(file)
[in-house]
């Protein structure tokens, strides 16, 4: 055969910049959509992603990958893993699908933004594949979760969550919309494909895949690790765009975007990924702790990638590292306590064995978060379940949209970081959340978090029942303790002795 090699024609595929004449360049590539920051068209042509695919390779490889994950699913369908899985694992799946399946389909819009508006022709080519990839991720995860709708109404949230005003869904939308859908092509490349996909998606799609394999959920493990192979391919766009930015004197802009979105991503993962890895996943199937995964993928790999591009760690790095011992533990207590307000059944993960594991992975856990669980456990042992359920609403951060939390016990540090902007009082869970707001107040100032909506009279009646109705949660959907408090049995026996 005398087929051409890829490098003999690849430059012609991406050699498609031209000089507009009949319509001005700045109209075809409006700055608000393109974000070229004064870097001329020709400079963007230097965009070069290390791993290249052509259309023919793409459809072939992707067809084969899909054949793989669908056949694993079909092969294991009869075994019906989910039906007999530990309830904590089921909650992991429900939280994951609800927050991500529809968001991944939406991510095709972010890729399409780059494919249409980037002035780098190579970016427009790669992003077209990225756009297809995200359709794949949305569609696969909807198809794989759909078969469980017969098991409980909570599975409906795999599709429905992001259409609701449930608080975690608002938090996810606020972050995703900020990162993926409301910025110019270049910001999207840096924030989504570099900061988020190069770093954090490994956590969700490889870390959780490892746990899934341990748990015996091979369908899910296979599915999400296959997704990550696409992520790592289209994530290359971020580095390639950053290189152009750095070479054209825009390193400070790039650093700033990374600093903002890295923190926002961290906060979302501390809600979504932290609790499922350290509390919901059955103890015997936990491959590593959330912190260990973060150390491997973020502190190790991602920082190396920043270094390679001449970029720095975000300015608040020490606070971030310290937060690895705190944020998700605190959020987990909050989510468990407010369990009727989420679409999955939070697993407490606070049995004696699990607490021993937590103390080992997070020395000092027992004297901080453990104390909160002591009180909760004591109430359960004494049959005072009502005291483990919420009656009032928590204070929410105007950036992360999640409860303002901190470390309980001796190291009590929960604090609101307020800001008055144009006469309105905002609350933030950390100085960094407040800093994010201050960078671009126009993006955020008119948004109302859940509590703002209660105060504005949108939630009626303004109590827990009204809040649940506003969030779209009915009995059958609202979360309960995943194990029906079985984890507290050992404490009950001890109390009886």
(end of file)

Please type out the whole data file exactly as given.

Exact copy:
[in-house]
């Protein structure tokens, strides 16, 4: 055969910049959509992603990958893993699908933004594949979760969550919309494909895949690790765009975007990924702790990638590292306590064995978060379940949209970081959340978090029942303790002795 090699024609595929004449360049590539920051068209042509695919390779490889994950699913369908899985694992799946399946389909819009508006022709080519990839991720995860709708109404949230005003869904939308859908092509490349996909998606799609394999959920493990192979391919766009930015004197802009979105991503993962890895996943199937995964993928790999591009760690790095011992533990207590307000059944993960594991992975856990669980456990042992359920609403951060939390016990540090902007009082869970707001107040100032909506009279009646109705949660959907408090049995026996 005398087929051409890829490098003999690849430059012609991406050699498609031209000089507009009949319509001005700045109209075809409006700055608000393109974000070229004064870097001329020709400079963007230097965009070069290390791993290249052509259309023919793409459809072939992707067809084969899909054949793989669908056949694993079909092969294991009869075994019906989910039906007999530990309830904590089921909650992991429900939280994951609800927050991500529809968001991944939406991510095709972010890729399409780059494919249409980037002035780098190579970016427009790669992003077209990225756009297809995200359709794949949305569609696969909807198809794989759909078969469980017969098991409980909570599975409906795999599709429905992001259409609701449930608080975690608002938090996810606020972050995703900020990162993926409301910025110019270049910001999207840096924030989504570099900061988020190069770093954090490994956590969700490889870390959780490892746990899934341990748990015996091979369908899910296979599915999400296959997704990550696409992520790592289209994530290359971020580095390639950053290189152009750095070479054209825009390193400070790039650093700033990374600093903002890295923190926002961290906060979302501390809600979504932290609790499922350290509390919901059955103890015997936990491959590593959330912190260990973060150390491997973020502190190790991602920082190396920043270094390679001449970029720095975000300015608040020490606070971030310290937060690895705190944020998700605190959020987990909050989510468990407010369990009727989420679409999955939070697993407490606070049995004696699990607490021993937590103390080992997070020395000092027992004297901080453990104390909160002591009180909760004591109430359960004494049959005072009502005291483990919420009656009032928590204070929410105007950036992360999640409860303002901190470390309980001796190291009590929960604090609101307020800001008055144009006469309105905002609350933030950390100085960094407040800093994010201050960078671009126009993006955020008119948004109302859940509590703002209660105060504005949108939630009626303004109590827990009204809040649940506003969030779209009915009995059958609202979360309960995943194990029906079985984890507290050992404490009950001890109390009886």